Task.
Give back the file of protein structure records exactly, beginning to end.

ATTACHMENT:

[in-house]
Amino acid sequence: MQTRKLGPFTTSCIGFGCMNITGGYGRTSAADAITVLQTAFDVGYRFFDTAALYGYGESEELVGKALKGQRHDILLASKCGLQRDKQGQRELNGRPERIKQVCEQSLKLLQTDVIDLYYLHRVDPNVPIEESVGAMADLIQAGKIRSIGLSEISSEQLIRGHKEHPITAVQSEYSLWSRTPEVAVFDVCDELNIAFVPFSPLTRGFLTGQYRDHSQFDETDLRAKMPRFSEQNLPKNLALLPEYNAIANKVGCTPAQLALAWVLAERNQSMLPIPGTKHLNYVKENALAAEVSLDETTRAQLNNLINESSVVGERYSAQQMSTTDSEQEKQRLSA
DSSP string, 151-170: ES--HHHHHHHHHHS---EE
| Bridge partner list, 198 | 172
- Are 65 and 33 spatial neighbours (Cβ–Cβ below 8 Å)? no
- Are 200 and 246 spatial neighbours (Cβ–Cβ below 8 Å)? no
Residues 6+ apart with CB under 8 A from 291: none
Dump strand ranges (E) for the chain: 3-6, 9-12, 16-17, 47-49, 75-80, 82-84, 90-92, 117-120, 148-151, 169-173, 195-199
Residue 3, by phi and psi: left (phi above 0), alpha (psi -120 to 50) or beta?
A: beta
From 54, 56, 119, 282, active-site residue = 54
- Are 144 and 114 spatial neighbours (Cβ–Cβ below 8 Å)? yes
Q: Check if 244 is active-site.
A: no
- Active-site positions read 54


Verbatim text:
[in-house]
Amino acid sequence: MQTRKLGPFTTSCIGFGCMNITGGYGRTSAADAITVLQTAFDVGYRFFDTAALYGYGESEELVGKALKGQRHDILLASKCGLQRDKQGQRELNGRPERIKQVCEQSLKLLQTDVIDLYYLHRVDPNVPIEESVGAMADLIQAGKIRSIGLSEISSEQLIRGHKEHPITAVQSEYSLWSRTPEVAVFDVCDELNIAFVPFSPLTRGFLTGQYRDHSQFDETDLRAKMPRFSEQNLPKNLALLPEYNAIANKVGCTPAQLALAWVLAERNQSMLPIPGTKHLNYVKENALAAEVSLDETTRAQLNNLINESSVVGERYSAQQMSTTDSEQEKQRLSA
DSSP string, 151-170: ES--HHHHHHHHHHS---EE
| Bridge partner list, 198 | 172
- Are 65 and 33 spatial neighbours (Cβ–Cβ below 8 Å)? no
- Are 200 and 246 spatial neighbours (Cβ–Cβ below 8 Å)? no
Residues 6+ apart with CB under 8 A from 291: none
Dump strand ranges (E) for the chain: 3-6, 9-12, 16-17, 47-49, 75-80, 82-84, 90-92, 117-120, 148-151, 169-173, 195-199
Residue 3, by phi and psi: left (phi above 0), alpha (psi -120 to 50) or beta?
A: beta
From 54, 56, 119, 282, active-site residue = 54
- Are 144 and 114 spatial neighbours (Cβ–Cβ below 8 Å)? yes
Q: Check if 244 is active-site.
A: no
- Active-site positions read 54